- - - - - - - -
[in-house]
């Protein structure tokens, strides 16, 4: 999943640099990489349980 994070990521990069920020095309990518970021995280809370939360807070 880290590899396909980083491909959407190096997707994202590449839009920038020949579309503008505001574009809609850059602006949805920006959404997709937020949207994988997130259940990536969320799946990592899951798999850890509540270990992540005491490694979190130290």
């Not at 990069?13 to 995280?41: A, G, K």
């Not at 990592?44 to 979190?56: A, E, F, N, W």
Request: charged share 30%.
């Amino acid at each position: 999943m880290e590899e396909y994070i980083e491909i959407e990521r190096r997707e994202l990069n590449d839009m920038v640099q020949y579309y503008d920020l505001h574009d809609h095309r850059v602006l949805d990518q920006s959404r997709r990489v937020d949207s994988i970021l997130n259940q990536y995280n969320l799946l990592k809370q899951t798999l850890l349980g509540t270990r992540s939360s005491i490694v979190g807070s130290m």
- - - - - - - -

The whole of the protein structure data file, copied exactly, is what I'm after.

[in-house]
């Protein structure tokens, strides 16, 4: 999943640099990489349980 994070990521990069920020095309990518970021995280809370939360807070 880290590899396909980083491909959407190096997707994202590449839009920038020949579309503008505001574009809609850059602006949805920006959404997709937020949207994988997130259940990536969320799946990592899951798999850890509540270990992540005491490694979190130290």
């Not at 990069?13 to 995280?41: A, G, K």
């Not at 990592?44 to 979190?56: A, E, F, N, W």
Request: charged share 30%.
């Amino acid at each position: 999943m880290e590899e396909y994070i980083e491909i959407e990521r190096r997707e994202l990069n590449d839009m920038v640099q020949y579309y503008d920020l505001h574009d809609h095309r850059v602006l949805d990518q920006s959404r997709r990489v937020d949207s994988i970021l997130n259940q990536y995280n969320l799946l990592k809370q899951t798999l850890l349980g509540t270990r992540s939360s005491i490694v979190g807070s130290m």